GUEST VIEW: Annexation from a township’s point of view

By Daily News • Last Updated 10:52 am on Monday, December 10, 2012

By Thomas J. Faussett


Guest View | Thomas J. Faussett

A township’s main responsibility is to provide essential services for those residents that live within the township.

Essential services consist of police protection, fire protection, maintaining and upgrading county road services, library services, basic school funding within the township, and by keeping the peace by resolving complaints and enforcement of local regulations and ordinances. In order for these services to be provided to residents they are taxed via the property they own. Property taxes are the key revenue producing method to allow operation and maintenance of all essential services within a Township. When properties are lost via transfer to another governmental body, the only way to continue to maintain those services at the level residents are accustomed to is by increasing taxes or removing some the services. Annexation only puts more burdens upon the remaining residents to keep essential services at current levels.

When businesses request annexation there needs to be a good reason for the transfer. Usually companies require municipal water and sewer services for manufacturing. That is why for these situations; the State adopted Act 425 approximately 30 years ago to allow the conditional transfer of properties with temporary sharing of property tax revenues so the business may expand their operations. There are a number of methods to allow a company to obtain essential services. The first is to simply annex the property into another governmental party when the need arises. The second way is to allow the utilities to be extended into a township as needed by imposing double water rates, or to add a surcharge to the company’s utility bill. Several years ago the Greenville City Council decided that they would not allow any option outside of annexation. Many cities allow the sharing of utilities and in Greenville’s situation with the loss of manufacturing they now have a water system over designed for the current use in the city. This ultimately results in additional maintenance costs to prevent stagnation and contamination of the water supply system. Sharing of water would help keep their revenues up if they allowed services to reach within the Township.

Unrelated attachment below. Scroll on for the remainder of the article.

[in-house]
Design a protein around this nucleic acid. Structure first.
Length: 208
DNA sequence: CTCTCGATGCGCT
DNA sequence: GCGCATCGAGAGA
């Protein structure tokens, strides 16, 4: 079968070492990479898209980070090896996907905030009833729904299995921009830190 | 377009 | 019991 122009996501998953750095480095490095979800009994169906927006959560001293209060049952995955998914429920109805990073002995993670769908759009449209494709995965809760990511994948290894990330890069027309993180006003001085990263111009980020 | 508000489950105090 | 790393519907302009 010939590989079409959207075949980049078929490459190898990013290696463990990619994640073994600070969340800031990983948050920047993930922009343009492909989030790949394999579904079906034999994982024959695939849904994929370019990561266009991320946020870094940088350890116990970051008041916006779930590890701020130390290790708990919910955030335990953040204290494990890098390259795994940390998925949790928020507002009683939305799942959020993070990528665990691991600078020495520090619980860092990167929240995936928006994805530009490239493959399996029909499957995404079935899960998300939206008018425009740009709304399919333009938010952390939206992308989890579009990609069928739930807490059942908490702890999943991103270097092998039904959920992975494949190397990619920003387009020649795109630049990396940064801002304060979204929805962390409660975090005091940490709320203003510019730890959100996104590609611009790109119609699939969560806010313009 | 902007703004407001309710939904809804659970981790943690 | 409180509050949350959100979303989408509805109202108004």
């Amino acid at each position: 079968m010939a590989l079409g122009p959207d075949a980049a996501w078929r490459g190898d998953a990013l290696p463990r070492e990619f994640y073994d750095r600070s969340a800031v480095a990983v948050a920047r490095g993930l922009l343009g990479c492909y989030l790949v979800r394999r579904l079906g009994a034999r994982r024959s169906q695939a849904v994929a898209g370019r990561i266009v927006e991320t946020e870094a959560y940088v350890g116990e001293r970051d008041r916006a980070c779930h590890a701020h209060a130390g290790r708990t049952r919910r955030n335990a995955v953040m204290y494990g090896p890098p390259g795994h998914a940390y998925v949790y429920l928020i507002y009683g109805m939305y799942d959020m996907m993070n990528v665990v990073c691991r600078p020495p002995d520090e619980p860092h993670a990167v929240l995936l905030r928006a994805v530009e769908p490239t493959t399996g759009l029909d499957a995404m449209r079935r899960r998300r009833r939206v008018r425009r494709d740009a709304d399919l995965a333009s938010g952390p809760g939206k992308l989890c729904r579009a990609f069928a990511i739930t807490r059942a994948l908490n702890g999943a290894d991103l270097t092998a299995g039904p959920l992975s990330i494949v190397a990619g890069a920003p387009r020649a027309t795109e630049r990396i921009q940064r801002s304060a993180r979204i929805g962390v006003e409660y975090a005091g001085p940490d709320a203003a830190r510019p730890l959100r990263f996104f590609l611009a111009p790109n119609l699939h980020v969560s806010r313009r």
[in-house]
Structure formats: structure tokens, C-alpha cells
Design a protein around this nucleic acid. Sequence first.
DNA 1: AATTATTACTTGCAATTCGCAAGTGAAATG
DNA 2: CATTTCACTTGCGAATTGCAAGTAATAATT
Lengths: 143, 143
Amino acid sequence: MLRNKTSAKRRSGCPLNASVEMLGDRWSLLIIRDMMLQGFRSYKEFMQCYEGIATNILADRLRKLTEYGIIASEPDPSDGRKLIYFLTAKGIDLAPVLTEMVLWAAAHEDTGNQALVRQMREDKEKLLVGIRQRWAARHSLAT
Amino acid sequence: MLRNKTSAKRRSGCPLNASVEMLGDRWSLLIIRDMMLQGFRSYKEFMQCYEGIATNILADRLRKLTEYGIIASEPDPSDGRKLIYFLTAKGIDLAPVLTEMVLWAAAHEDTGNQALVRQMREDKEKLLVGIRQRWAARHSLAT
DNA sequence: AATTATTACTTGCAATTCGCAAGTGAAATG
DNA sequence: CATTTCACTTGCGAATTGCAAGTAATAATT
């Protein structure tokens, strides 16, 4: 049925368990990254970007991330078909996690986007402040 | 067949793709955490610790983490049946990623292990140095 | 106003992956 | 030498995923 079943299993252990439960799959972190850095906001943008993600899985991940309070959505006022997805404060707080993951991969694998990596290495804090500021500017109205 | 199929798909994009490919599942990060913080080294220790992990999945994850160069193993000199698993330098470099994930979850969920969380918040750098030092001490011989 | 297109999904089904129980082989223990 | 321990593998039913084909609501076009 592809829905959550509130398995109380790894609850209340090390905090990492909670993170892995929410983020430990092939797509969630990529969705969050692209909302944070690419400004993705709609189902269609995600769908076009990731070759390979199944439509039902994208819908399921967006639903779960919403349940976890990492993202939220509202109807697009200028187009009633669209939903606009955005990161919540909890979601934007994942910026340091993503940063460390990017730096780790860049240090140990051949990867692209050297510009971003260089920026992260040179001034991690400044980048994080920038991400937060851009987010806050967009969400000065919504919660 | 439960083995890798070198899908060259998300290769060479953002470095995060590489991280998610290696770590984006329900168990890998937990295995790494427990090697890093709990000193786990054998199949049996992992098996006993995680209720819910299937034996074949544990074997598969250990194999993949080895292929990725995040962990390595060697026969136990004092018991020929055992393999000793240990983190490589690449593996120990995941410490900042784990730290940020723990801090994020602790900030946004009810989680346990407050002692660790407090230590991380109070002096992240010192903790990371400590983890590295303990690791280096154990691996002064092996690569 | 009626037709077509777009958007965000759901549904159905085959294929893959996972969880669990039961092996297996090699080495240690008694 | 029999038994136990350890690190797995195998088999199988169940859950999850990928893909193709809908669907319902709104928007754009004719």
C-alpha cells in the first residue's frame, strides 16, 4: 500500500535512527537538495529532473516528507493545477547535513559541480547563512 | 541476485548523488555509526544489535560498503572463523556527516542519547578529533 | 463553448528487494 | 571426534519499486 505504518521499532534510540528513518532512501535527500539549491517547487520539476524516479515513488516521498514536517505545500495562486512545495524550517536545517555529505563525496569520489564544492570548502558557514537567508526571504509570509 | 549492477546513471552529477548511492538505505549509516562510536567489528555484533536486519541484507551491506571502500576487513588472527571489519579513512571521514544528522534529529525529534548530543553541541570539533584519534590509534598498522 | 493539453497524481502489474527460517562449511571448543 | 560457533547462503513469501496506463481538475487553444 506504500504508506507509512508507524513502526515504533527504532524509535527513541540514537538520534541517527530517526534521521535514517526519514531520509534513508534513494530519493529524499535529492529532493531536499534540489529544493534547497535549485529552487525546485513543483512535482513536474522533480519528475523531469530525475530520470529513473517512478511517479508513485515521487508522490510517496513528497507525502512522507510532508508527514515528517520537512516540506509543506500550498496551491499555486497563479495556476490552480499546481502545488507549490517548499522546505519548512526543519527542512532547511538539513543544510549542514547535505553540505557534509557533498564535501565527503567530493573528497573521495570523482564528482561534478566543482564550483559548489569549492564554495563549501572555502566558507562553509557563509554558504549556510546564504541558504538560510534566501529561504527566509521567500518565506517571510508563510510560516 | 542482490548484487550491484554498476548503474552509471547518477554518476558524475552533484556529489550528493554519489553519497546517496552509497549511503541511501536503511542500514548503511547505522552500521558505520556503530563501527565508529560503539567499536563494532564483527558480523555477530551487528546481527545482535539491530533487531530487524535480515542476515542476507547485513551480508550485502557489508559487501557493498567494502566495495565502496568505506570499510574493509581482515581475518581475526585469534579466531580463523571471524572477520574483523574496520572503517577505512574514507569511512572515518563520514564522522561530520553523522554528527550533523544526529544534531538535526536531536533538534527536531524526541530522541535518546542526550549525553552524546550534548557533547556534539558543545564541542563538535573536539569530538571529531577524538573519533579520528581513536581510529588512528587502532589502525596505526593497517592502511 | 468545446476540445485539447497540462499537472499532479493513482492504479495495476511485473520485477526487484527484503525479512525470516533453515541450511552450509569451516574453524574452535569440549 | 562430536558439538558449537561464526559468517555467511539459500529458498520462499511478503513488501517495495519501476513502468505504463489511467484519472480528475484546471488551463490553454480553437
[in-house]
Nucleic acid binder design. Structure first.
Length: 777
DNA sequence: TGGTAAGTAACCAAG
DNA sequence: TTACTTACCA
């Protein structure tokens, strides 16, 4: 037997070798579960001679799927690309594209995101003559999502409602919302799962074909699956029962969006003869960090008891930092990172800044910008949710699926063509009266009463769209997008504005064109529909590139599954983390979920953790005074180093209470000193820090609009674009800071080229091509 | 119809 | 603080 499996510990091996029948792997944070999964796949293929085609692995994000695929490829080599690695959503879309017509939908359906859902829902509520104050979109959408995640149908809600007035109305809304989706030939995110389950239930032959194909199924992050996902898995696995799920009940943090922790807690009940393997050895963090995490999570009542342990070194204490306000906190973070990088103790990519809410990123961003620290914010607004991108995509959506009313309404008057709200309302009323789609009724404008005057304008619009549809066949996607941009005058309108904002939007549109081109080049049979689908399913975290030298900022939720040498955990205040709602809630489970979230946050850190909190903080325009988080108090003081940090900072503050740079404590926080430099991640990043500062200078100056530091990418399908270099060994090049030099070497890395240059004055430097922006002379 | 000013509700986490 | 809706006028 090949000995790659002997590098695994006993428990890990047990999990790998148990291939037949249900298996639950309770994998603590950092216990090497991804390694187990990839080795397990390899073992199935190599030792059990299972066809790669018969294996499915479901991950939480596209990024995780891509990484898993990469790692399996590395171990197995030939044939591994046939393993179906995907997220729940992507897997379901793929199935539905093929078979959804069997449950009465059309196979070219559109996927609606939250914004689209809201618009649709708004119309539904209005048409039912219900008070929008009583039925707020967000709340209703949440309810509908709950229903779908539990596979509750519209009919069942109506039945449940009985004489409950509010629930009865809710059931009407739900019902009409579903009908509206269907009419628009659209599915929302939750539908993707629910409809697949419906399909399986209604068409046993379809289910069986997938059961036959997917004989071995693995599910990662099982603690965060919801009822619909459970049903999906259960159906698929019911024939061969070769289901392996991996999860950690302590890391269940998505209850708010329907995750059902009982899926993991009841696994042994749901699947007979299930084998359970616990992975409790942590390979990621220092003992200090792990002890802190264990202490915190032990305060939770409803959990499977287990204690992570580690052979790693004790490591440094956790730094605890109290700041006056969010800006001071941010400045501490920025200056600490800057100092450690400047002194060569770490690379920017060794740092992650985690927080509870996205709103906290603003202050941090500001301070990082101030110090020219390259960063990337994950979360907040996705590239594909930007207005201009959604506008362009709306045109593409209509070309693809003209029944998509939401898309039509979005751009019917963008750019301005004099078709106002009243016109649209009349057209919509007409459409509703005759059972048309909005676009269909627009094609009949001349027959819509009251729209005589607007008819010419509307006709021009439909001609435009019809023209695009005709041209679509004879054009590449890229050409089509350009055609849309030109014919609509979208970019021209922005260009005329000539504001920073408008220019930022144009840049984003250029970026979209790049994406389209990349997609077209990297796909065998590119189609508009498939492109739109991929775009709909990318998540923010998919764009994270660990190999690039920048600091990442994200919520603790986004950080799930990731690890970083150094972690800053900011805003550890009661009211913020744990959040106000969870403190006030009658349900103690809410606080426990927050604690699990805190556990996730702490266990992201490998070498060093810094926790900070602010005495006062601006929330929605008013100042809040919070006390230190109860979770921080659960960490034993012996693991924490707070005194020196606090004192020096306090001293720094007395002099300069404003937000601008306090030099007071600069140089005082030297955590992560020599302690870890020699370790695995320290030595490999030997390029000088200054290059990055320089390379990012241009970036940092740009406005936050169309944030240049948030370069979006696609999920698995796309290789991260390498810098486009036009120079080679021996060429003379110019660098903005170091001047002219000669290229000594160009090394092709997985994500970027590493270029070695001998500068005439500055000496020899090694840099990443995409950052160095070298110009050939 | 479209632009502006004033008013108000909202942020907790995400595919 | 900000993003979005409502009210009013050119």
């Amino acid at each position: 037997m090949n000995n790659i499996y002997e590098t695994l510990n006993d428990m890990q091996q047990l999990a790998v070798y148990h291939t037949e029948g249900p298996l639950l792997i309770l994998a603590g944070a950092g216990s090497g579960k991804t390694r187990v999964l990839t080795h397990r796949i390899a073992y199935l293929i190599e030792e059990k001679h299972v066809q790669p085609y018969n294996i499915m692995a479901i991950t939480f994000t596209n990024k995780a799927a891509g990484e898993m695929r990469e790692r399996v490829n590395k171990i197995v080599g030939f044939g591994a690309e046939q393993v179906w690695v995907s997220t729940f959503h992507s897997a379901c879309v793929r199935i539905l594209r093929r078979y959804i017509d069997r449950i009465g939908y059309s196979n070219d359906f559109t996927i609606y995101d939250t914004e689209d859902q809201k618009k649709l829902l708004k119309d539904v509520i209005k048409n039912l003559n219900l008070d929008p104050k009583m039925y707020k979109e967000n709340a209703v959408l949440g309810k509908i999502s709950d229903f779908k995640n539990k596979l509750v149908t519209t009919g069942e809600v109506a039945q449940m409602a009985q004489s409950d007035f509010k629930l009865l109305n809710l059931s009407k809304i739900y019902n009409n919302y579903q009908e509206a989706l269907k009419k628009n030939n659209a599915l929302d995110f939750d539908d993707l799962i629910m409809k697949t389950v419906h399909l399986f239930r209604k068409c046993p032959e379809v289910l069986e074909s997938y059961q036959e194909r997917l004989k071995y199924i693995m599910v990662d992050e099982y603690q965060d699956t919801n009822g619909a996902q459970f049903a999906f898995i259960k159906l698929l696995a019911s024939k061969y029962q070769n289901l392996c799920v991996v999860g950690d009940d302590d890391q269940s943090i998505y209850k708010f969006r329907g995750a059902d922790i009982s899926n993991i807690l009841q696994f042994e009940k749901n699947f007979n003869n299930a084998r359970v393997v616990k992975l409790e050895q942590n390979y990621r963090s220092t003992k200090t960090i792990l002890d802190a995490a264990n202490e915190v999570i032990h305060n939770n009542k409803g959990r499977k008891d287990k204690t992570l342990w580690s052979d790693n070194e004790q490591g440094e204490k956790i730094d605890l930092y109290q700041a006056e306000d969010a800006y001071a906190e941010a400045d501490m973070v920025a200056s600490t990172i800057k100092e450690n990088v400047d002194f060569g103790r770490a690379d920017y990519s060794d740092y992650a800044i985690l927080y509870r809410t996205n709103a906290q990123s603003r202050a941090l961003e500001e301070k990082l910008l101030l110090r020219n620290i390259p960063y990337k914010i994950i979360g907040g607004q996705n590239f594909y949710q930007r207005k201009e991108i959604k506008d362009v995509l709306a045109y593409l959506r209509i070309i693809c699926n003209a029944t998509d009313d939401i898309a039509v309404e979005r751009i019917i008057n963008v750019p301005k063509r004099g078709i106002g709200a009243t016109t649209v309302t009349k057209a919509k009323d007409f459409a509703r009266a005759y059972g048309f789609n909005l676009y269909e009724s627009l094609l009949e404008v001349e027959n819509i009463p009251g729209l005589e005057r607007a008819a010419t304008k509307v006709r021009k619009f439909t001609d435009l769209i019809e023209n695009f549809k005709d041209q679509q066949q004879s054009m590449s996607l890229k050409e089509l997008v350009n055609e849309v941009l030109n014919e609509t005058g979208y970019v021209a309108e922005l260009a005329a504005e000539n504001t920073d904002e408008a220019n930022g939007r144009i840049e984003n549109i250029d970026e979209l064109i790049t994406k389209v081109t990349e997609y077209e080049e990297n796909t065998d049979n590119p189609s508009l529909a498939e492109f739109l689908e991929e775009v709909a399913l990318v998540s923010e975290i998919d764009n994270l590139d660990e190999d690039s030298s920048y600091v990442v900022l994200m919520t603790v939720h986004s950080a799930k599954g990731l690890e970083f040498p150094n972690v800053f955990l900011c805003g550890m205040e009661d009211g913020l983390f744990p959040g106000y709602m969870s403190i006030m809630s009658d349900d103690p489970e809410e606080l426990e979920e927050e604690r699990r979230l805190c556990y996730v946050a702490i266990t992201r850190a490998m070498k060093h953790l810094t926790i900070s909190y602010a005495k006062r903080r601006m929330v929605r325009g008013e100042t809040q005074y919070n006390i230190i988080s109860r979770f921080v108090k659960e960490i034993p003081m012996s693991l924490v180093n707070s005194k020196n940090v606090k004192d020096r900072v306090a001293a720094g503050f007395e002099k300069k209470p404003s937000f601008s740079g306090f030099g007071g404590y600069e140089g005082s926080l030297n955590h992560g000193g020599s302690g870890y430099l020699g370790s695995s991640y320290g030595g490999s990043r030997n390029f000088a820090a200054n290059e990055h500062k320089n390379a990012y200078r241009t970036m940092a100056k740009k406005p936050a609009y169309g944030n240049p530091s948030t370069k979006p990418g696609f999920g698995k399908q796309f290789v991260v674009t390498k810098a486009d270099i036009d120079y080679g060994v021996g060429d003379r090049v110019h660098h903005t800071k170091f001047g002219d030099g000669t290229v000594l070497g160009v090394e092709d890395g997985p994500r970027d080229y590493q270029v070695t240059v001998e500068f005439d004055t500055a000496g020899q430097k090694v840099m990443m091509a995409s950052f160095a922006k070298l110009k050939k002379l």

One of the major reasons a Township prefers a 425 agreement is that certain conditions must take place before the transfer of property and setting of property tax revenue sharing. An example of a condition allowing the annexation to occur would be the actual expansion of a business requiring water and sewer services for additional manufacturing. Another condition that might be required in a 425 agreement could be a requirement to meet with the planning commissions of both governmental bodies to review similar properties within the same area. When the Wal-Mart properties were annexed a few years ago, one of the 425 conditions was that both communities’ planning commissions meet and come up with a Joint Development plan to review the properties surrounding Wal-Mart and determine how expansion of those properties could be developed to benefit both parties.

Cities do not want to wait for conditions to be met before an annexation can occur because if the conditions do not occur the transfer of the property also will not occur. Cities prefer using the Urban Cooperation 108 agreement that immediately transfers the property and sets the temporary property tax revenue sharing requirement immediately. Townships want to be sure that a business really needs the utilities before they are willing to allow the loss of the property and revenue.

Greenville area resident Thomas J. Faussett was the Physical Plant Manager for the Michigan Department of Corrections where he worked many annexation agreements conducted between cities and prison sites usually located in the surrounding townships.

The opinions expressed in the Guest View do not necessarily represent the opinions of The Daily News.

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